Mr. White raised his eyebrows, “you could have at least attempted to make some small talk about the weather.”  He paused, Mr. Anderson continued his cold stare.

Mr. White continued, “Alrighty then.  As you suggested, I started by scanning his cabin in Idaho.  I found a flash drive with what appears to be research on you and Pacific International’s contracts with the United States government and foreign countries.”

Mr. Anderson interrupted, “What kind of research are we talking about?”

Mr. White shrugged his shoulders, “It’s laid out chronologically, each year is organized in it’s own folder.  The folders start the year you resigned your commission from Army.  The documents span from the time of your son’s death in Afghanistan and go all the way through your rise to CEO at Pacific International.  The last document is dated six months ago.”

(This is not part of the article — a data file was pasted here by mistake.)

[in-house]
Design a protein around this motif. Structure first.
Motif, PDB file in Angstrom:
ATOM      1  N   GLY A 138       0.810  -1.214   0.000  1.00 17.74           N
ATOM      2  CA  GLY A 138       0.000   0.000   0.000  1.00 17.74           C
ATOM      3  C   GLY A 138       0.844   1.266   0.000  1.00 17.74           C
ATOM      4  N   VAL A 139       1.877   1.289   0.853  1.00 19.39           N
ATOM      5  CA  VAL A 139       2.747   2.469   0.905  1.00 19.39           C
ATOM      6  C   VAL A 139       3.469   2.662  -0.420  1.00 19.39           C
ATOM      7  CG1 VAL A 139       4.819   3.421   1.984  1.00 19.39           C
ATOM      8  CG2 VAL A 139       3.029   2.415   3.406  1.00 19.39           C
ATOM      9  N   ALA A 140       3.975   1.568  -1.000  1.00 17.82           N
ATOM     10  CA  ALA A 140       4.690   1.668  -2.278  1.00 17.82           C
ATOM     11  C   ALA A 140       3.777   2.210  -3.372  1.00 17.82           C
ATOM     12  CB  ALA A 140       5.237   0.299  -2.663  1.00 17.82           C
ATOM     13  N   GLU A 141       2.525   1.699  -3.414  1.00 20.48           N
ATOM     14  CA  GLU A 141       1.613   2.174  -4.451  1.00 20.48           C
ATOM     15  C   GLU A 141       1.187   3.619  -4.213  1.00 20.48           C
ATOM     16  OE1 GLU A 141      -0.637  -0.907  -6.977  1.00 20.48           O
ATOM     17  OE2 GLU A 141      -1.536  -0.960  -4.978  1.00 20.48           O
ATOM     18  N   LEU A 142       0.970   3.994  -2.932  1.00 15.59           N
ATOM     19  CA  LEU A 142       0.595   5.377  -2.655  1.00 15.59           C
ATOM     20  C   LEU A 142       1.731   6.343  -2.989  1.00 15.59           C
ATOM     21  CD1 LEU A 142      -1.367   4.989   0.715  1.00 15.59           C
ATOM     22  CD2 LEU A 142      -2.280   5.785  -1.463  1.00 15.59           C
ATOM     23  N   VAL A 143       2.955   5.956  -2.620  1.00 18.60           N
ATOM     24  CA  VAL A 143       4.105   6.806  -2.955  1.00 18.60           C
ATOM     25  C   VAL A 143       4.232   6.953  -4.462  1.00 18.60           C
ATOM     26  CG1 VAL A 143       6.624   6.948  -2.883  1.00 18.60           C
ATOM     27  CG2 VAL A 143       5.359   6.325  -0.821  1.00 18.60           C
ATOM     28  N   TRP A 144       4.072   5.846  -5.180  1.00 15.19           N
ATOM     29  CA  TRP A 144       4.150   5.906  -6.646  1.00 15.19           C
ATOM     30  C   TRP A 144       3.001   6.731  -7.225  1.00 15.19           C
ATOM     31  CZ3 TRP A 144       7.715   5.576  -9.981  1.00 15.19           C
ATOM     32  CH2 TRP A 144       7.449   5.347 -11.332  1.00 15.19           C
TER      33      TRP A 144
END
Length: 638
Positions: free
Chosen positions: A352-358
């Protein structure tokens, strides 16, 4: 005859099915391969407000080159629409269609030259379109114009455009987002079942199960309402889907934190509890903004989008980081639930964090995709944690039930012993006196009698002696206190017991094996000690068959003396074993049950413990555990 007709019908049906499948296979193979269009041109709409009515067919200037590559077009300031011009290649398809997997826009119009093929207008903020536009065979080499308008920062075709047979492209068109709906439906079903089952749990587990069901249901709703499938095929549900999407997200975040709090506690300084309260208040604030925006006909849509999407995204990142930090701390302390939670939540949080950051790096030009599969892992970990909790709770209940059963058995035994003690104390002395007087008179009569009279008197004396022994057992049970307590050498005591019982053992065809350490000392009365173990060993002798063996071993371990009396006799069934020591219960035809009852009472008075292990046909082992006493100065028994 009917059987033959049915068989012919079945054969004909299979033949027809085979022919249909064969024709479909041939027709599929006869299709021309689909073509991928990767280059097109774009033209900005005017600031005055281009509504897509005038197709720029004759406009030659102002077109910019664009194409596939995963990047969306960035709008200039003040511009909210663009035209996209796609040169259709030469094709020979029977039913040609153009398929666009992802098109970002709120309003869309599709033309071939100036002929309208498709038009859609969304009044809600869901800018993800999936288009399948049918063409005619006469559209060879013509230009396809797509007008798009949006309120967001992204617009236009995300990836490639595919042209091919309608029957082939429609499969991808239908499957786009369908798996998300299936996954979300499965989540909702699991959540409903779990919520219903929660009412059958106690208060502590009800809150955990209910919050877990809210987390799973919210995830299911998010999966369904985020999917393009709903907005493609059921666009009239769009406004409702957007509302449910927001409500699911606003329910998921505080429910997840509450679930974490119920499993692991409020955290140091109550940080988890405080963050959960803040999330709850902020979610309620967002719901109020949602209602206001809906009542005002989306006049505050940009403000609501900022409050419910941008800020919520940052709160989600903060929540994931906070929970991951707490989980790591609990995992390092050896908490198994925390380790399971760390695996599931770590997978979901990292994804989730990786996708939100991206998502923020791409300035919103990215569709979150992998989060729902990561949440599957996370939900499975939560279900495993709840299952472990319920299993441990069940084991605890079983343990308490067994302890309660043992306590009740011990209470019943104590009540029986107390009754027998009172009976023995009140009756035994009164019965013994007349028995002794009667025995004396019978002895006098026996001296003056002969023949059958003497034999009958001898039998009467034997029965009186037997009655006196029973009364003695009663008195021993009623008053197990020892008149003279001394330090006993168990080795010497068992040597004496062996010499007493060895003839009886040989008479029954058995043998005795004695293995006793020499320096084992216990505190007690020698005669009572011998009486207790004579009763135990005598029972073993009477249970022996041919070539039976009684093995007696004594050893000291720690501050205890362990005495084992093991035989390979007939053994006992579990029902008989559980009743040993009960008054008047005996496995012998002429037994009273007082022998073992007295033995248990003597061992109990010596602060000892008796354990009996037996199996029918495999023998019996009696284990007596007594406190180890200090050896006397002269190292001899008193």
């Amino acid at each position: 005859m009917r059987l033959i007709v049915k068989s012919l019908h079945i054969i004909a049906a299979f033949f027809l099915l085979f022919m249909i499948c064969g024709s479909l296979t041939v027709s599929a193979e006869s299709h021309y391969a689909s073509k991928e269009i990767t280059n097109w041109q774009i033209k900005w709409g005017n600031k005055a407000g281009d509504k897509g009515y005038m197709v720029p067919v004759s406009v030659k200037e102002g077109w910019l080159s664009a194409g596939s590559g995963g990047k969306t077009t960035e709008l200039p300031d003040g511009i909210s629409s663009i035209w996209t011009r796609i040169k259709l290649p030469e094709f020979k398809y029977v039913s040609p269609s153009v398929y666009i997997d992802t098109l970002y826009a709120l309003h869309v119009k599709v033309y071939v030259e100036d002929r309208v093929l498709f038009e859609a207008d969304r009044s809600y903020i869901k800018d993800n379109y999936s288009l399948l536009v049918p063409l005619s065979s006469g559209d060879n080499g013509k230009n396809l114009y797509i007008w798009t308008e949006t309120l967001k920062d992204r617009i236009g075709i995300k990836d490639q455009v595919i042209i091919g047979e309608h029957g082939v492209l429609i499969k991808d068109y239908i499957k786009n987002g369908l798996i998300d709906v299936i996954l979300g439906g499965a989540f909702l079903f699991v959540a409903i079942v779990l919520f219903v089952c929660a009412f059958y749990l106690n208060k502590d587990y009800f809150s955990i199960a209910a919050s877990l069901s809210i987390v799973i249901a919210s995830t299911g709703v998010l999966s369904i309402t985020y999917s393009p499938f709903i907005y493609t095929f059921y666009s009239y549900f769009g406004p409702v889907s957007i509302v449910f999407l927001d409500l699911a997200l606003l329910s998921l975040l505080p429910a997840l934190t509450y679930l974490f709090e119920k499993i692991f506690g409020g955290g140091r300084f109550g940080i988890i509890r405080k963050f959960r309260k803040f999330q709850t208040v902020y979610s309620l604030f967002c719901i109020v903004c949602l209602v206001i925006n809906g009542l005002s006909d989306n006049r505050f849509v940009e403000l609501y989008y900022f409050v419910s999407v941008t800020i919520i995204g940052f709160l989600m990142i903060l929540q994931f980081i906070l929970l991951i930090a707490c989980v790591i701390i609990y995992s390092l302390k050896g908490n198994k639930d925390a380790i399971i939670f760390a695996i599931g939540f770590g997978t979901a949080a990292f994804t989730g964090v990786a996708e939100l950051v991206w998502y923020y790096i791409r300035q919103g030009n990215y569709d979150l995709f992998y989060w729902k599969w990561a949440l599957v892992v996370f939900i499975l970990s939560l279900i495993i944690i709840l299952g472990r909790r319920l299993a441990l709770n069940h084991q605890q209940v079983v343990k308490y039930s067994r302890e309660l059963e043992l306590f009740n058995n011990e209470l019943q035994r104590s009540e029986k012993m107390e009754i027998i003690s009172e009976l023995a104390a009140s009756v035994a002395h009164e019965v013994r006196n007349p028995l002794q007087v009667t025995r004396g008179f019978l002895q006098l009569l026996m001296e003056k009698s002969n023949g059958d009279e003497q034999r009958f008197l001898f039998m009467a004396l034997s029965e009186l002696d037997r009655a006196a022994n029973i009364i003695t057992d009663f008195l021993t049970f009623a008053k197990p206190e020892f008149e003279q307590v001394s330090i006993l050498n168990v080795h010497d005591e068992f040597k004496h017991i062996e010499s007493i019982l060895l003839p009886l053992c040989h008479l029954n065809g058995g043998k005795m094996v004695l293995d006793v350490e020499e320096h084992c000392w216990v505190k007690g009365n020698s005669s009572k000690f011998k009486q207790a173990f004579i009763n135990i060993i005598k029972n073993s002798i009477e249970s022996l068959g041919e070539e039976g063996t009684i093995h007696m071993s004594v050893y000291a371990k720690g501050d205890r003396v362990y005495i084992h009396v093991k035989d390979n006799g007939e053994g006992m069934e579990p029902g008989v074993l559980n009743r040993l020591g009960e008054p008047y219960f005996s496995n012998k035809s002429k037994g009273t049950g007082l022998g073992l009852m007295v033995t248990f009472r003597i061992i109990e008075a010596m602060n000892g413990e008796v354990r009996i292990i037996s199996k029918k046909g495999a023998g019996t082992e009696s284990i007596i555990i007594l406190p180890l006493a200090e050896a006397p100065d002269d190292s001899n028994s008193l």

Mr. Anderson stared down at the green grass for a moment and let the silence linger.

He turned his attention back to Mr. White, “What specifically is in the documents?”

“Mostly it contains copies of Pacific International’s government contracts.  Also there are copies of contracts from every company Pacific International has done businesses with in the past.”

Mr. Anderson pursed his lips and nodded, “Do you have the flash drive?”

“I do.  But I haven’t got to the most interesting part yet.  There is a network diagram showing the relationships between Pacific International, the United States, foreign countries, and all corporations Pacific International has done business with in the past.”  Mr. White paused before continuing, “There are also scanned copies of handwritten notes from General LeMae.  Based on the notes it doesn’t appear he has drawn any conclusions but he is circling around the idea of collusion between Pacific International, the United States and several foreign governments.”